Occasionally, we get a phone call from a distressed patient who just found out their doctor has a history of medical malpractice. This can be scary for anyone, particularly if you have been treated by that doctor for a long time. The idea can send your mind racing, “what if this negligent doctor hurt me?”
Medical malpractice is scary. The details of most medical malpractice cases are enough to frighten any patient. In certain situations, you would expect doctors to disclose their history of malpractice. However, doctors are not required to inform patients of their prior medical malpractice verdicts.
How to Find a Doctor’s Record of Medical Malpractice
If you suspect that your doctor has a history of malpractice, do your research. Visit the Virginia Board of Medicine’s website and search their database of doctors. This can give you detailed information of a doctor’s history, including past lawsuits or disciplinary issues.
On this website, use the search tool to look up doctors by their last names and location. There are instructions on the page to help you with your search. Once you find a doctor’s record, you can click on the “Paid Claims” tab to see if the doctor has settled a malpractice claim in the last 10 years.
You can also see any orders or notices the doctor has received by looking at the “Proceedings, Actions, or Convictions” tab of their record. Don’t be surprised if you don’t find anything, as this information is generally self-reported and not verified by the Virginia Board of Medicine.
This information can be helpful, but it is incomplete. The details of the claims are limited and they don’t include the amount the doctor paid or the nature of the malpractice claim. It is a good idea to do additional research after finding this information on your doctor’s record to get more details.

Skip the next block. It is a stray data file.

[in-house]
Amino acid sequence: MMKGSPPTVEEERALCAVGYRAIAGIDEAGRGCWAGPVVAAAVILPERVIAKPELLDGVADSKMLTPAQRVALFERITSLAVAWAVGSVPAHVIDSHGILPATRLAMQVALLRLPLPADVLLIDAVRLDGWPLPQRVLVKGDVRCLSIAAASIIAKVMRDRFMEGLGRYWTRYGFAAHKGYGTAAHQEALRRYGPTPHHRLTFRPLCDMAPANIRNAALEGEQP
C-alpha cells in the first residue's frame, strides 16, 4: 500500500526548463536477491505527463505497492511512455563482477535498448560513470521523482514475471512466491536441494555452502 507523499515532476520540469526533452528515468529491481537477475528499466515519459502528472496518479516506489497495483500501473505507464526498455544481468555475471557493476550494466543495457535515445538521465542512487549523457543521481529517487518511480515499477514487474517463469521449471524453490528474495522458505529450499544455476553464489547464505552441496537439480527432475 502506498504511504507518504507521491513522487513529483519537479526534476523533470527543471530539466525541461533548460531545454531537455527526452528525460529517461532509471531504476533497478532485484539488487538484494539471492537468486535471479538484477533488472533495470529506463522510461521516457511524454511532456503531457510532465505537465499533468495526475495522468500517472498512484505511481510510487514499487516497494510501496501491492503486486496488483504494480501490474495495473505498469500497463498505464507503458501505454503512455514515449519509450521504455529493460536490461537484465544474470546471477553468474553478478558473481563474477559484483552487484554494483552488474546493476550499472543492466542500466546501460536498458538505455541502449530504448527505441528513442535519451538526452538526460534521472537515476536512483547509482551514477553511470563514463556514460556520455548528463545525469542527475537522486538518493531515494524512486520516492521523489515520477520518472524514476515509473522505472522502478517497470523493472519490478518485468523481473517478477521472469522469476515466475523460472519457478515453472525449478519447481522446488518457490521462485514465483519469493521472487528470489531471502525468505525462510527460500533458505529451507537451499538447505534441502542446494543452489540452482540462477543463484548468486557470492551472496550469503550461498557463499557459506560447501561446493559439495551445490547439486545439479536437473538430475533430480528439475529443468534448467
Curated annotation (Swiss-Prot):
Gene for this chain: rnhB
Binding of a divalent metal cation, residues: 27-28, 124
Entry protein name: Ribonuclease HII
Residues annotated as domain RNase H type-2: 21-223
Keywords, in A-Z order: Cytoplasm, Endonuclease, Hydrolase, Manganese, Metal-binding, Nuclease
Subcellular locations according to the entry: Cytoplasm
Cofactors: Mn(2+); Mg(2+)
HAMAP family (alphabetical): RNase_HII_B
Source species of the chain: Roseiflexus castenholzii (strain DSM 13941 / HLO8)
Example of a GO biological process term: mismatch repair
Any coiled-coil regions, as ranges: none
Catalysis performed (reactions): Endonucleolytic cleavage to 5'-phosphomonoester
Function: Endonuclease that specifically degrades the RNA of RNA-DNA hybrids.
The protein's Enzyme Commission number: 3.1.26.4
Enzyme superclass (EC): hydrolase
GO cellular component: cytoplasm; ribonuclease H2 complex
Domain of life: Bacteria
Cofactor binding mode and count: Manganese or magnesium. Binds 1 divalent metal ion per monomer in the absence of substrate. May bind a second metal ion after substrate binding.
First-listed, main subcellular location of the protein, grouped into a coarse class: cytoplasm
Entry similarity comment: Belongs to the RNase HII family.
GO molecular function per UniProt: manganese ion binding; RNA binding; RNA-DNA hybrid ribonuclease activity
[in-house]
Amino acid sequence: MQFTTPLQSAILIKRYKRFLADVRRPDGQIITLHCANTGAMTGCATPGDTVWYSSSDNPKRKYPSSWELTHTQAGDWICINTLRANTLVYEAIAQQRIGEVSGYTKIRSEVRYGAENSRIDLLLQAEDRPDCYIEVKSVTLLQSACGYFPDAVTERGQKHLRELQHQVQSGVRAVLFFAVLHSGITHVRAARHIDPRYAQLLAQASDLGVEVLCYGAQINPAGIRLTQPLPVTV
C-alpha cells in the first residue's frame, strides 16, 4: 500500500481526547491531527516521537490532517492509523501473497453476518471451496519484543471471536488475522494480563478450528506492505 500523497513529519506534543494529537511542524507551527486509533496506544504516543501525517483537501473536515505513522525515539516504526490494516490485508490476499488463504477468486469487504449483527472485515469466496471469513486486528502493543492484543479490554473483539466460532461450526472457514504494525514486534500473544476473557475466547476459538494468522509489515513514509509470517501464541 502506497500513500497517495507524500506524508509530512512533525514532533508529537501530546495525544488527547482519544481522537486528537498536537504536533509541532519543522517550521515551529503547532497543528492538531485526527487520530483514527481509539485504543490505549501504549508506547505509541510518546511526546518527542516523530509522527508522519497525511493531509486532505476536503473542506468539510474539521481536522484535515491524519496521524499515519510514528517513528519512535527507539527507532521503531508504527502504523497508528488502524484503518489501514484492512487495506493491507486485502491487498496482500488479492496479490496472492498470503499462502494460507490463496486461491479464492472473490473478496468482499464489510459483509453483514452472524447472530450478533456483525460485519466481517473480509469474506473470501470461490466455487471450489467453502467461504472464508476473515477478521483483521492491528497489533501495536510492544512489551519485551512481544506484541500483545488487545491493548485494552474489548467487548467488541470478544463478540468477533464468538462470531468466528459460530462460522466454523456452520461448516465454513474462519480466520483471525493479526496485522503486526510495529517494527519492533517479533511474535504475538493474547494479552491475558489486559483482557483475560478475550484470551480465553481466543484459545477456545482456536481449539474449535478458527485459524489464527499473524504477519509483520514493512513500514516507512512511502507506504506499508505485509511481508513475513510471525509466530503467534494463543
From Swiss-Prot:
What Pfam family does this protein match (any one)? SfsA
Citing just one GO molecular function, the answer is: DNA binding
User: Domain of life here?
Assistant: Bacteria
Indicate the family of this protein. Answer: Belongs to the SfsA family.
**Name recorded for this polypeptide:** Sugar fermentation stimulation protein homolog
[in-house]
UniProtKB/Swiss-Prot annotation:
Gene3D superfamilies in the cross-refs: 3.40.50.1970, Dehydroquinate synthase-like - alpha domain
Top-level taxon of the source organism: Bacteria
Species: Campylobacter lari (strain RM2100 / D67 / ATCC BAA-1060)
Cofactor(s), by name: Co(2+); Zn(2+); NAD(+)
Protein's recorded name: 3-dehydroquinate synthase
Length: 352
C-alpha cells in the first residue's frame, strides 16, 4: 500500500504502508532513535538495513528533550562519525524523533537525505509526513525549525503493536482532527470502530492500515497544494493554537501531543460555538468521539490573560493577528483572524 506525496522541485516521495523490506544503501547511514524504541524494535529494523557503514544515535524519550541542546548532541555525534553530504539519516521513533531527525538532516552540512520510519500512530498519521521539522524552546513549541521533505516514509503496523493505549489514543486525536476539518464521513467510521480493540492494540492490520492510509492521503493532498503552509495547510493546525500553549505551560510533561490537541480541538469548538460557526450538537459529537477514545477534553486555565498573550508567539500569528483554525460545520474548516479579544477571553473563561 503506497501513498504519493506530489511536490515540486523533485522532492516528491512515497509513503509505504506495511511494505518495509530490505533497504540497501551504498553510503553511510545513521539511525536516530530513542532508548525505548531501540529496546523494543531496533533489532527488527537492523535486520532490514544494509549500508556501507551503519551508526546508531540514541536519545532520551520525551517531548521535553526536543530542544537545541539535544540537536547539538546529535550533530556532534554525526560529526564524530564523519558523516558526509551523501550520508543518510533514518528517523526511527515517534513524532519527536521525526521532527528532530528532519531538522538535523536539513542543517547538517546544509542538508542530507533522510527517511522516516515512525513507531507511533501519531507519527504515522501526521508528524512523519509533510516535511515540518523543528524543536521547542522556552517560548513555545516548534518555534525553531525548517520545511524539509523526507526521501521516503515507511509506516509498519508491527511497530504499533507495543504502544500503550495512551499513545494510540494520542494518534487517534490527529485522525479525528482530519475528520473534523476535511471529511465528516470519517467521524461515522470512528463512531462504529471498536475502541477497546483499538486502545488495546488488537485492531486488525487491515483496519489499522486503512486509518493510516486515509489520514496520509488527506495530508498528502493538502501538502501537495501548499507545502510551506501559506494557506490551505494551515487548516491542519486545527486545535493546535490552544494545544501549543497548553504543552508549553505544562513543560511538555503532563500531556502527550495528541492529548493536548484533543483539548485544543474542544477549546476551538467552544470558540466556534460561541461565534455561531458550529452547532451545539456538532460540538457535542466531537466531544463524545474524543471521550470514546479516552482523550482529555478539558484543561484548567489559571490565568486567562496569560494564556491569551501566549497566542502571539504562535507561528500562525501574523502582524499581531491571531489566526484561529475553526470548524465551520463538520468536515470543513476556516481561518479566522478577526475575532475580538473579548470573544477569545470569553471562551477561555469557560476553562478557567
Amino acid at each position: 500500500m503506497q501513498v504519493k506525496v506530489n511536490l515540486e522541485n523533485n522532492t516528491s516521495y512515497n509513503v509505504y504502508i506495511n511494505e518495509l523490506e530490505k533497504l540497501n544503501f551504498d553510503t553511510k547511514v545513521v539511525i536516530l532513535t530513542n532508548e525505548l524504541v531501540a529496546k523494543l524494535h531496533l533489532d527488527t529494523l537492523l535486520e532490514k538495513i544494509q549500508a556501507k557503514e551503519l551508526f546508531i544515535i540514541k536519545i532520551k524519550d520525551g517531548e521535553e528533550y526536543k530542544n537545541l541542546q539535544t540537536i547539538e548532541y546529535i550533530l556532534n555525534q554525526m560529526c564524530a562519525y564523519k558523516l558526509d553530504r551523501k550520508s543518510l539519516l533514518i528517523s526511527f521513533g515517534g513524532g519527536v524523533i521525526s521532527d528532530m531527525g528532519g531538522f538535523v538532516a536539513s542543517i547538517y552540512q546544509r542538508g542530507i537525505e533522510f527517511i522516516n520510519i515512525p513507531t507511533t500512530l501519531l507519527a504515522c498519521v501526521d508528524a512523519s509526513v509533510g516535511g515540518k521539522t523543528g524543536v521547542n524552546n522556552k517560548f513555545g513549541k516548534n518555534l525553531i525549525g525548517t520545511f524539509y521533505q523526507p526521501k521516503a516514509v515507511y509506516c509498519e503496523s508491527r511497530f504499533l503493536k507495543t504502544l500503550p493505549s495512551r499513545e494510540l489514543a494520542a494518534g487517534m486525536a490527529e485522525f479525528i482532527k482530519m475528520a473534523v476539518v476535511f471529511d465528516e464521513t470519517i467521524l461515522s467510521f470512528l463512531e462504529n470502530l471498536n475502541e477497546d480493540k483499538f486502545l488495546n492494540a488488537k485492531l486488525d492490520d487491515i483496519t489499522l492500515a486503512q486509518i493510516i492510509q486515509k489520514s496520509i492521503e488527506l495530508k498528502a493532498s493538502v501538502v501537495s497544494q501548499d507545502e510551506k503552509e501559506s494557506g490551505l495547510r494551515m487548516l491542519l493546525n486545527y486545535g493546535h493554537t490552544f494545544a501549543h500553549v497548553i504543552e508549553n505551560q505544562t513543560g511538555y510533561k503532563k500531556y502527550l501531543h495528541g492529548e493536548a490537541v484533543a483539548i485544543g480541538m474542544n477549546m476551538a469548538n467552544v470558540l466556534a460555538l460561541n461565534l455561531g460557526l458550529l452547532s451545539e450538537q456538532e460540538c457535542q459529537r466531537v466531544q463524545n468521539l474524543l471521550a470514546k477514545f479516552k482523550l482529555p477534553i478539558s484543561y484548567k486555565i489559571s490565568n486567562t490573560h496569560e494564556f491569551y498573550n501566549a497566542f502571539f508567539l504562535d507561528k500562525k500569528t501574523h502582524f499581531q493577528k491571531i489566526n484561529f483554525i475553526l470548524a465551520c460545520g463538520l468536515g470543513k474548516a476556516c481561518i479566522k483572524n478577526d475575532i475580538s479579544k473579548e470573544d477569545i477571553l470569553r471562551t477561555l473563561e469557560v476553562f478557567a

Does a Doctor Lose His or Her License after a Medical Malpractice Claim?
No, a doctor doesn't automatically lose his or her license to practice after a medical malpractice lawsuit. While it depends on the details of the case, some doctors will get a “probationary” period after a medical malpractice verdict.
Probation, for doctors, generally means there are restrictions on their licenses. In some cases, doctors on probation are only allowed to practice once a week. Sometimes, they are not allowed to do certain procedures. It all depends on what the Board of Medicine decides for their particular case.
On the Virginia Board of Medicine’s website, you can search for the details of any decision to restrict a doctor’s license to practice. However, you have to search by date, so you need to know the approximate time a doctor’s probation began to find the details.
My Doctor Has a History of Malpractice, Can I File a Lawsuit?
The fact that your doctor has a history of medical malpractice is not enough to file a medical malpractice lawsuit against him or her. To file a medical malpractice claim in Virginia, the following must be true for your case:
- A doctor must have deviated from the standard of care
- You must have sustained an injury
- Your injuries must be serious or permanent
If your doctor deviated from the standard of care and you sustained an injury, but the injury was not serious and healed quickly, it would cost more to pursue the case than you can recover in court.
A doctor’s history of medical malpractice does not help your case. In previous medical malpractice cases, testimony about a prior medical malpractice has been thrown out of court. If your medical malpractice case goes to trial, the judge will limit the information presented to the jury to the details of your case. A doctor’s history of malpractice is generally omitted from evidence.